Based on what I understand (still much to learn) I would only try this whilst also using anti infectives and in short bursts. If used for more than three weeks it loses it's effectiveness. I think it would be much more useful for us when we go down with a virus that's going around, that's when I use it.

I pulse all my herbal antiinfectives and tend to choose what's seems best at any given time. One of my favourites is berberine complex which has goldenseal in it, goldenseal is similar to echinacea, in that combo having an immune stimulant is not a problem.

Hope this helps

love
Tansy


[This Message was Edited on 06/01/2004]
 

tansy

New Member
for those who have asked for info on boswellia.

It's still working, I've been taking it since December.

love
Tansy
 

Plantscaper

New Member
I have used both the Source Natural and NOW brands..presently, using the NOW brand, as it also, contains Turmeric, which has the added benefits of working on the coagulation problem and is a good antibacterial, antifungal, etc. I have noticed that I do not have pains in the back and shoulder area that I was having prior to my use of Boswellia and seem to have a lot less stiffness..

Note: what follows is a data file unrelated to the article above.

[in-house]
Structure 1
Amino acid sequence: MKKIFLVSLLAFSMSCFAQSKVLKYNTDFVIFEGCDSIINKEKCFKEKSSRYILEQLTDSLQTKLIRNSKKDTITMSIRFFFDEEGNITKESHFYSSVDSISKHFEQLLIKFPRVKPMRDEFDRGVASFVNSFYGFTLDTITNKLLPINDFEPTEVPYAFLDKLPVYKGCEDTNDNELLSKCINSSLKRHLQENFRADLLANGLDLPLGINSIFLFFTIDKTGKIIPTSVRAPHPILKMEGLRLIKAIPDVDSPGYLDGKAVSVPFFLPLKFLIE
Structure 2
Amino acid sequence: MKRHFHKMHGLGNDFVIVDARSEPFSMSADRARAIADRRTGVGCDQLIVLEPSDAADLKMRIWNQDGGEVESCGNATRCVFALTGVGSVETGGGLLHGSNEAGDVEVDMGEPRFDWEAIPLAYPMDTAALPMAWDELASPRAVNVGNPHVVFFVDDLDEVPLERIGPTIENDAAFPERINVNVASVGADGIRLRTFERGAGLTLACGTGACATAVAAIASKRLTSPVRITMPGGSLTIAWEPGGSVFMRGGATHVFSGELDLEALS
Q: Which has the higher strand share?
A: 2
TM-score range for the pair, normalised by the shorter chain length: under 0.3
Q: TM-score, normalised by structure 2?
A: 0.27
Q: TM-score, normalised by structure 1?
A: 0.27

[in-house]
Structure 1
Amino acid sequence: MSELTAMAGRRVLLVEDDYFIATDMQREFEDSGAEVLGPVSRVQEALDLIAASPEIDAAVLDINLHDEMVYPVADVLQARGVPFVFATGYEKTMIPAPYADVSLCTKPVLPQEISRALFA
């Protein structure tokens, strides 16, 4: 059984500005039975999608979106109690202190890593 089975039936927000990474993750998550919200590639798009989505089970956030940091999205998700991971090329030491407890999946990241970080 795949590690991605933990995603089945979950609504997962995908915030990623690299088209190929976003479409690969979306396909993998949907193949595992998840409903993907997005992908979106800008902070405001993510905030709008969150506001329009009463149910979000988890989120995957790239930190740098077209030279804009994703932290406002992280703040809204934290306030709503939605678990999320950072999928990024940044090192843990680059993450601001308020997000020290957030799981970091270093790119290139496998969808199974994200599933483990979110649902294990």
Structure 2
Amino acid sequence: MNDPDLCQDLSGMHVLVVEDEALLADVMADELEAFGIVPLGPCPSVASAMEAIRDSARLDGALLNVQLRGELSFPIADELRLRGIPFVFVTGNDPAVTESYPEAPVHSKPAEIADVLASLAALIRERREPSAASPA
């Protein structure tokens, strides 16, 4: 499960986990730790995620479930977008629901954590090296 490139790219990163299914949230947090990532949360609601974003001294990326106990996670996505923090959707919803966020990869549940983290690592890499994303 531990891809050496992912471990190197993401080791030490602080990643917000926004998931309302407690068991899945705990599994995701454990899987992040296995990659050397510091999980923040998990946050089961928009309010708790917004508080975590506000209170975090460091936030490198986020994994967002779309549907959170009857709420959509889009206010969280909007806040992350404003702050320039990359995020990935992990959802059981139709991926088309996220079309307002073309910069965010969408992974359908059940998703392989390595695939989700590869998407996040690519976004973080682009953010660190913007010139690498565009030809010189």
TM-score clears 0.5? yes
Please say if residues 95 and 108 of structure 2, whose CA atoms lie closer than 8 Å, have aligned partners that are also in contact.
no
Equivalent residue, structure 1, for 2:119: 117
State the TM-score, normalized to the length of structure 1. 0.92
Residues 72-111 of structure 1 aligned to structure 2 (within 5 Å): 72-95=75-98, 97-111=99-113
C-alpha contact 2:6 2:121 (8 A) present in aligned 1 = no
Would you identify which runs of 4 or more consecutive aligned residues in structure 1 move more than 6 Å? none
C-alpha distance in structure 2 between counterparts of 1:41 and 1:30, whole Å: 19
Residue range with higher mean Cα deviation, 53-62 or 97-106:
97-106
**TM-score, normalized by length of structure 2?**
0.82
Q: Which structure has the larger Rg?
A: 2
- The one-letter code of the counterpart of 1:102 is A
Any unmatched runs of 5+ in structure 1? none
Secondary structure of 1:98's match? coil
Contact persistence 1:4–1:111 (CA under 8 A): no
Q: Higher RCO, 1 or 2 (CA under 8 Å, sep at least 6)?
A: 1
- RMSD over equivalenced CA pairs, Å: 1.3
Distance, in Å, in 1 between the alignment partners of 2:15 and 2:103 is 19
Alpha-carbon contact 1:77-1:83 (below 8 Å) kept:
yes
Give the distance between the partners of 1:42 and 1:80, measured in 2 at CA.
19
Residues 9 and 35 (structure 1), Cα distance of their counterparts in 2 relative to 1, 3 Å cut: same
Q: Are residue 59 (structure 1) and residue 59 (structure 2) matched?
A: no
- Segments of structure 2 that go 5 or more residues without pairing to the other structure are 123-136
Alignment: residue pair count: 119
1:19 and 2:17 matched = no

PS
 

victoria

New Member
Why did you stop the serrapeptase? did you feel it was helping? I tried it, but probably not consistently enough or long enough -

I think I told you that the boswellia has been helping me too - the Solaray brand has the cats claw in it too, which is supposed to also help.

Thanks,
Victoria

[This Message was Edited on 06/02/2004]
 

tansy

New Member
more than anything, if I want to add something new to my regime something else needs to go. I did get a lot of smelly gas with this, others have reported it too, but that went down after I'd been on it a while longer. I saw it as a sign that it was doing it's job. I've had a lot of problems and pain in my GI tract.

It's really good for breaking down scar tissues; ideal for use after surgery once any risks of bleeding have passed, there's less post operative pain too when it's used. Some find it really good for arthritis pain, but like a lot of "natural" remedies it takes a little time for the benefits to show.

Plnatscaper

You know how it is for us; most of the things we take are for long term benefit, we hope they're helping but sometimes we're not sure. Well Boswelia in one of the few which had the most obvious effect of it's own. So many are being helped with this herb, not just those of us with ME/CFS who probably have the RNaseL abnormality, so I thought everyone should at least know about it.

love
Tansy

[This Message was Edited on 06/02/2004]
 

victoria

New Member
meant to say that was devil's claw with the boswellia by solaray, not cat's claw... (made sense at the time :)

I understand Tansy, God knows I spend a lot of $$ on supplements and am always trying to cut down in whatever way I can!

All the best,
Victoria